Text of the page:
Schizophrenia is a mental disorder that causes people to have trouble distinguishing between what is real and what is not. This can lead to hallucinations, delusions, or disorganized speech. Talk to your doctor if you are concerned about schizophrenia symptoms.
- 1 What Is Schizophrenia?
- 2 Early Warning Signs Of Schizophrenia
- 3 Schizophrenia Symptoms
- 4 How To Cope With Symptoms Of Schizophrenia
- 5 Conclusion
- 6 A Word From MantraCare
What Is Schizophrenia?
Schizophrenia is a mental disorder characterized by abnormal social behavior and failure to recognize what is real. Common symptoms include auditory hallucinations, delusions, and disorganized speech. Schizophrenia symptoms can vary from person to person depending on their age, location, environment, past experiences, and what stage the disorder is at. The disorder often develops over a number of years.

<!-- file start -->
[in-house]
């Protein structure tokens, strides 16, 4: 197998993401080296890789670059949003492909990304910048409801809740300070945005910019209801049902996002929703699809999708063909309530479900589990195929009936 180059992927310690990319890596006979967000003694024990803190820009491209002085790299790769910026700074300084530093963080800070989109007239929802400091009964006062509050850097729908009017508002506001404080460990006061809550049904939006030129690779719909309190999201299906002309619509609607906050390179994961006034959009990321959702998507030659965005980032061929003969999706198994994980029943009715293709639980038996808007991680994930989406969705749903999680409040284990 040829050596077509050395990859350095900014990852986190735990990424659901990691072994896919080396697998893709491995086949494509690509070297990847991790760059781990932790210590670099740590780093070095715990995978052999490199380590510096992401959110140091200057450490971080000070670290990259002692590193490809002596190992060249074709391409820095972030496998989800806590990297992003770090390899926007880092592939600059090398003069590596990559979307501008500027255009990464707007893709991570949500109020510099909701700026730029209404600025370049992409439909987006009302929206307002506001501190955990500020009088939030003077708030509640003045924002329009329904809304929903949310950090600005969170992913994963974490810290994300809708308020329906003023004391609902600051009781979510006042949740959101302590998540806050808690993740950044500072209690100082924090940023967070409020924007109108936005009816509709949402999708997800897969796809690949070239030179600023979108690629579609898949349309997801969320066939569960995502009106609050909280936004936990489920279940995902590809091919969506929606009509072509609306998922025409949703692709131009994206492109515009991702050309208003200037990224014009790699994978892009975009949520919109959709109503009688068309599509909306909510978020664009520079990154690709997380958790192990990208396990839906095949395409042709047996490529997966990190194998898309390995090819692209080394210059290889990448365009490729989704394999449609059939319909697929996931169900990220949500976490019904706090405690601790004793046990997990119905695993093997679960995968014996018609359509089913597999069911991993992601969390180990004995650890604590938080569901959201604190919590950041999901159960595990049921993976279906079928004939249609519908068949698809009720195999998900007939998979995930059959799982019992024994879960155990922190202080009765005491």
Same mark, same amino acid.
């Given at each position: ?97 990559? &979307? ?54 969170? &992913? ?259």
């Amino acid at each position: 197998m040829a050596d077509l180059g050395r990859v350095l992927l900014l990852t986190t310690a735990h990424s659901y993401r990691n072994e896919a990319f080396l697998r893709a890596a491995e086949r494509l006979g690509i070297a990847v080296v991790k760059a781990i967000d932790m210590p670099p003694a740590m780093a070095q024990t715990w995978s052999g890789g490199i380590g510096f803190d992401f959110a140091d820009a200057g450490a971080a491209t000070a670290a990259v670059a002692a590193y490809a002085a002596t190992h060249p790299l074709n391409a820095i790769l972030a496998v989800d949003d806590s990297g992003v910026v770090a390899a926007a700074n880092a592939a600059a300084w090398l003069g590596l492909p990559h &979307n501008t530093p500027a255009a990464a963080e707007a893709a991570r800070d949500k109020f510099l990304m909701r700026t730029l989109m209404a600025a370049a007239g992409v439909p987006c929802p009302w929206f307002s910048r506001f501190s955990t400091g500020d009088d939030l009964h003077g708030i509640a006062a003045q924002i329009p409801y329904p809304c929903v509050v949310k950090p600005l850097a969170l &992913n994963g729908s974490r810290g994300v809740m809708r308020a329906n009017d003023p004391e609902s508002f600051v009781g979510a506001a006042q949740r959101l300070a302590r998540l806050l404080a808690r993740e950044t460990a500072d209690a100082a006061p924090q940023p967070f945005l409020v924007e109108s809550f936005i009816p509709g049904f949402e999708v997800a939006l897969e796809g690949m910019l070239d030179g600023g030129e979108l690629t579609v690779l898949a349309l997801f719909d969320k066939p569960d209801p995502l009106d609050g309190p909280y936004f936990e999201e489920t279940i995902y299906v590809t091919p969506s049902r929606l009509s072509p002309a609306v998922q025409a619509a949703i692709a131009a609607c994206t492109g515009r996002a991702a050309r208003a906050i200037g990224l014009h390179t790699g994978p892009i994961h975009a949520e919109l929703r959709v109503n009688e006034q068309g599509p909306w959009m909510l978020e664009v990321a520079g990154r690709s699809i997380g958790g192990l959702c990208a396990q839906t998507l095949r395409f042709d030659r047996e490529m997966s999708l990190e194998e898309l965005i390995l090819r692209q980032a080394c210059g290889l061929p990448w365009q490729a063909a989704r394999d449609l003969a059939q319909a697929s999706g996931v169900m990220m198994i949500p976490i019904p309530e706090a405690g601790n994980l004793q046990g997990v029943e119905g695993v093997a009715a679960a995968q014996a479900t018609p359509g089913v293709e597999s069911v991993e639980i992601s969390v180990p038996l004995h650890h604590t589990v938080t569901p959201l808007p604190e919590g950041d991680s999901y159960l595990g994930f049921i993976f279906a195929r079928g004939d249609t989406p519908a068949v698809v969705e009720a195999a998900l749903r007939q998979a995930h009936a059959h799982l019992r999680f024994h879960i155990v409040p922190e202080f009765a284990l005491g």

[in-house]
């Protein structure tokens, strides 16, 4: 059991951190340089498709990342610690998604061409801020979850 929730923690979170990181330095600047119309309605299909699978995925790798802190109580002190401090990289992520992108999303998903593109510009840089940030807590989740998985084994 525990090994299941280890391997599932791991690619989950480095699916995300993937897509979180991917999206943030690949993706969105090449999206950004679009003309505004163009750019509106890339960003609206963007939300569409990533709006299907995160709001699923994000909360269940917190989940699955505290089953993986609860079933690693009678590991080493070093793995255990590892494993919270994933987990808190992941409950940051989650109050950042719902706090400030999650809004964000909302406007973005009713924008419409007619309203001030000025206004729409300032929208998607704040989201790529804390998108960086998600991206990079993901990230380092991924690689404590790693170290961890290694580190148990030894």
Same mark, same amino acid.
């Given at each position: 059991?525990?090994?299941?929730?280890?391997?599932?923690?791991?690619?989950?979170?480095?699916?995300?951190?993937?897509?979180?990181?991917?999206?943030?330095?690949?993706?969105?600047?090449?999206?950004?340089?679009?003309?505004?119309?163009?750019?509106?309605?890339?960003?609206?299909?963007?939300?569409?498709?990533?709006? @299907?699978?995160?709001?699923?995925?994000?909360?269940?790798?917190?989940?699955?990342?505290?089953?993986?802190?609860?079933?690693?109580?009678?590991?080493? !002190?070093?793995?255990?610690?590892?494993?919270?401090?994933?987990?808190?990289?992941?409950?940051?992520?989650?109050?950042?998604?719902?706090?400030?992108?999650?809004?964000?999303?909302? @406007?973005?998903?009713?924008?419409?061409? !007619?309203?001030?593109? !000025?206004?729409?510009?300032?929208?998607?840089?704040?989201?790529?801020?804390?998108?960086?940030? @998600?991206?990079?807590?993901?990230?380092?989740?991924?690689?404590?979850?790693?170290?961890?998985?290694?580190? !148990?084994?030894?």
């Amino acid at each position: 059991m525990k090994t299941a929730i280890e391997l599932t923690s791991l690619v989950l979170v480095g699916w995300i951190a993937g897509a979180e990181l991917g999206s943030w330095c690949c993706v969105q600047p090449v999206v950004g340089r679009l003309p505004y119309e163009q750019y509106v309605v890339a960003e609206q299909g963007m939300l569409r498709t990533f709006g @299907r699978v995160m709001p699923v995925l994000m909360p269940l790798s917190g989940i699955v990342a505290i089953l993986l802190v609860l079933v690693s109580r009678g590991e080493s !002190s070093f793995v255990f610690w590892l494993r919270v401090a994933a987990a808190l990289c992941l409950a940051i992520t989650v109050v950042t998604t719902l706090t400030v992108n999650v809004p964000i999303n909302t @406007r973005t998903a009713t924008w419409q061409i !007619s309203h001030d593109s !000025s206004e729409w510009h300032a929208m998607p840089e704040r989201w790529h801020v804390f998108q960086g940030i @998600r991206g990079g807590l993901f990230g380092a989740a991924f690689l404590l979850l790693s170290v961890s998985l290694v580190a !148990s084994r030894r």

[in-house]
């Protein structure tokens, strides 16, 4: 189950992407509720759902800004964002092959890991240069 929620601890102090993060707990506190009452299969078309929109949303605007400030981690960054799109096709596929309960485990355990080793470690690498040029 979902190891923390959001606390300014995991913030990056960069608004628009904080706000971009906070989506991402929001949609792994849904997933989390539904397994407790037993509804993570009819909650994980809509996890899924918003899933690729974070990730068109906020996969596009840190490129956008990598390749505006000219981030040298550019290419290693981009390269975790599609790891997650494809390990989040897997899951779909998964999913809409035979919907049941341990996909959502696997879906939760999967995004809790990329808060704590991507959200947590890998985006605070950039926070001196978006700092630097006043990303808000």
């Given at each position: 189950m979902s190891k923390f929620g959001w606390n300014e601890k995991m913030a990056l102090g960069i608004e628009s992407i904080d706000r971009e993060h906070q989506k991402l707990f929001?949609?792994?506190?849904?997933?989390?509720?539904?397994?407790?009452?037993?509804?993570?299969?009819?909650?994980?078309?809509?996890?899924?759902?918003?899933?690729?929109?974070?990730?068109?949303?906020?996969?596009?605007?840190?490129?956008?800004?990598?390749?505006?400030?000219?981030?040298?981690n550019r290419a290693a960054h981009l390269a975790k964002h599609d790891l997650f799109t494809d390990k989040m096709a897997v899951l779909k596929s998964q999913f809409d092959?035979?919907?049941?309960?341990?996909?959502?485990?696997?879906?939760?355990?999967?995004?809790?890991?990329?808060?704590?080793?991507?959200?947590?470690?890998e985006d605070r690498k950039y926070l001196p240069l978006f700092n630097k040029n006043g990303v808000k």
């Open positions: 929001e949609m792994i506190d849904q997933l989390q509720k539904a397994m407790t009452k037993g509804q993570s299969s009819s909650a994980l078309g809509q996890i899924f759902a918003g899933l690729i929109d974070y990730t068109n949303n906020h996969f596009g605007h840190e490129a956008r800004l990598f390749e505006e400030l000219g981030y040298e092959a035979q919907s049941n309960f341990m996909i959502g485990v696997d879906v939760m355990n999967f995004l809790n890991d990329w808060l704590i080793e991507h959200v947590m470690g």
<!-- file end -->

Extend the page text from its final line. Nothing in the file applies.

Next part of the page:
Schizophrenia can make it hard for a person to distinguish between what’s real and what’s not. That means that people with schizophrenia may experience hallucinations, delusions, or disorganized speech. If you’re worried that you or someone you know might have schizophrenia symptoms, then talk to your doctor.
Symptoms generally come on gradually but sometimes develop quickly within a few weeks. Schizophrenia may be triggered by a very stressful event such as bereavement which can bring on schizophrenia symptoms quickly. A schizophrenic episode may last anywhere from 30 minutes to 12 months. Some people with schizophrenia do not experience periods of wellness and can suffer from it for years without treatment.
Early Warning Signs Of Schizophrenia
Schizophrenia symptoms can be wide-ranging and may affect everyone differently. It is important to remember that not all people with schizophrenia will display the same symptoms.
- Persistent depression
- Loss of interest in activities once previously enjoyed
- Problems with attention
- Social withdrawal
- Decrease in energy levels